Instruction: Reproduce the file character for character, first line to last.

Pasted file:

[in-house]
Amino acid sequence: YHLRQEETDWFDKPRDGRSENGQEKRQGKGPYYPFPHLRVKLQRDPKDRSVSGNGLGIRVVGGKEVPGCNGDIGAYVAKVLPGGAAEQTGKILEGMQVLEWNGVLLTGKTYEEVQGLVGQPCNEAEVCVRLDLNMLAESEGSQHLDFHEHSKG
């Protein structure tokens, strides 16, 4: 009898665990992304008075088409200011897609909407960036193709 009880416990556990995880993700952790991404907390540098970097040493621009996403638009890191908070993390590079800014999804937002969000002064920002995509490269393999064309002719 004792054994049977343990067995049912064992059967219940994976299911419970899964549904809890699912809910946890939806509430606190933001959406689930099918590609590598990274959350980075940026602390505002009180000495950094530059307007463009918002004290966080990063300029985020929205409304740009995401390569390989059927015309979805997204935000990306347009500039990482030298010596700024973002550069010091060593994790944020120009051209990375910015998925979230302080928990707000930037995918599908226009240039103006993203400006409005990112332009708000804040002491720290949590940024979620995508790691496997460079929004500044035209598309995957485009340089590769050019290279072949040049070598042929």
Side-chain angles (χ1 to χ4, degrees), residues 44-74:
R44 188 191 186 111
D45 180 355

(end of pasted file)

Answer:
[in-house]
Amino acid sequence: YHLRQEETDWFDKPRDGRSENGQEKRQGKGPYYPFPHLRVKLQRDPKDRSVSGNGLGIRVVGGKEVPGCNGDIGAYVAKVLPGGAAEQTGKILEGMQVLEWNGVLLTGKTYEEVQGLVGQPCNEAEVCVRLDLNMLAESEGSQHLDFHEHSKG
């Protein structure tokens, strides 16, 4: 009898665990992304008075088409200011897609909407960036193709 009880416990556990995880993700952790991404907390540098970097040493621009996403638009890191908070993390590079800014999804937002969000002064920002995509490269393999064309002719 004792054994049977343990067995049912064992059967219940994976299911419970899964549904809890699912809910946890939806509430606190933001959406689930099918590609590598990274959350980075940026602390505002009180000495950094530059307007463009918002004290966080990063300029985020929205409304740009995401390569390989059927015309979805997204935000990306347009500039990482030298010596700024973002550069010091060593994790944020120009051209990375910015998925979230302080928990707000930037995918599908226009240039103006993203400006409005990112332009708000804040002491720290949590940024979620995508790691496997460079929004500044035209598309995957485009340089590769050019290279072949040049070598042929």
Side-chain angles (χ1 to χ4, degrees), residues 44-74:
R44 188 191 186 111
D45 180 355